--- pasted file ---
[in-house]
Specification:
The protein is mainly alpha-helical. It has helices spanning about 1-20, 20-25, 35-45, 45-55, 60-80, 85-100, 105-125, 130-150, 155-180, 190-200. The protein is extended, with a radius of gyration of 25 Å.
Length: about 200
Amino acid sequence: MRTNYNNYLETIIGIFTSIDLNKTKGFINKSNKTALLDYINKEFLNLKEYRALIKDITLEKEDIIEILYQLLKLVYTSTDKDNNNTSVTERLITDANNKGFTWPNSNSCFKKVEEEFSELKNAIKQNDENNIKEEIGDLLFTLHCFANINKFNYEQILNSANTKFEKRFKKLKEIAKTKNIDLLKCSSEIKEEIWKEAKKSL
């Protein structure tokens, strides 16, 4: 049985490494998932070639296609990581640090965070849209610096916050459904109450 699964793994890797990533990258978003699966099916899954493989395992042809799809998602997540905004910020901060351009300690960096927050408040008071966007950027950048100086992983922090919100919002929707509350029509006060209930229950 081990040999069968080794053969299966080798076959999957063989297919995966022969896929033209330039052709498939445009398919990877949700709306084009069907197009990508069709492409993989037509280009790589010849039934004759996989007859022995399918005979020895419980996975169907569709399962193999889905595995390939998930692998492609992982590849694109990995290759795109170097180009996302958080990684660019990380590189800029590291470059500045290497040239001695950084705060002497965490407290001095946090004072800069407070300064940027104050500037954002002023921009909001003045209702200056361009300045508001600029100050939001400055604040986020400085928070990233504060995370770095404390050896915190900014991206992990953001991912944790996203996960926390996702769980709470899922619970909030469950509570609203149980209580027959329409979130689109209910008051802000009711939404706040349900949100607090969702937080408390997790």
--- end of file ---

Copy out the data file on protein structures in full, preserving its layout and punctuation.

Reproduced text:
[in-house]
Specification:
The protein is mainly alpha-helical. It has helices spanning about 1-20, 20-25, 35-45, 45-55, 60-80, 85-100, 105-125, 130-150, 155-180, 190-200. The protein is extended, with a radius of gyration of 25 Å.
Length: about 200
Amino acid sequence: MRTNYNNYLETIIGIFTSIDLNKTKGFINKSNKTALLDYINKEFLNLKEYRALIKDITLEKEDIIEILYQLLKLVYTSTDKDNNNTSVTERLITDANNKGFTWPNSNSCFKKVEEEFSELKNAIKQNDENNIKEEIGDLLFTLHCFANINKFNYEQILNSANTKFEKRFKKLKEIAKTKNIDLLKCSSEIKEEIWKEAKKSL
């Protein structure tokens, strides 16, 4: 049985490494998932070639296609990581640090965070849209610096916050459904109450 699964793994890797990533990258978003699966099916899954493989395992042809799809998602997540905004910020901060351009300690960096927050408040008071966007950027950048100086992983922090919100919002929707509350029509006060209930229950 081990040999069968080794053969299966080798076959999957063989297919995966022969896929033209330039052709498939445009398919990877949700709306084009069907197009990508069709492409993989037509280009790589010849039934004759996989007859022995399918005979020895419980996975169907569709399962193999889905595995390939998930692998492609992982590849694109990995290759795109170097180009996302958080990684660019990380590189800029590291470059500045290497040239001695950084705060002497965490407290001095946090004072800069407070300064940027104050500037954002002023921009909001003045209702200056361009300045508001600029100050939001400055604040986020400085928070990233504060995370770095404390050896915190900014991206992990953001991912944790996203996960926390996702769980709470899922619970909030469950509570609203149980209580027959329409979130689109209910008051802000009711939404706040349900949100607090969702937080408390997790």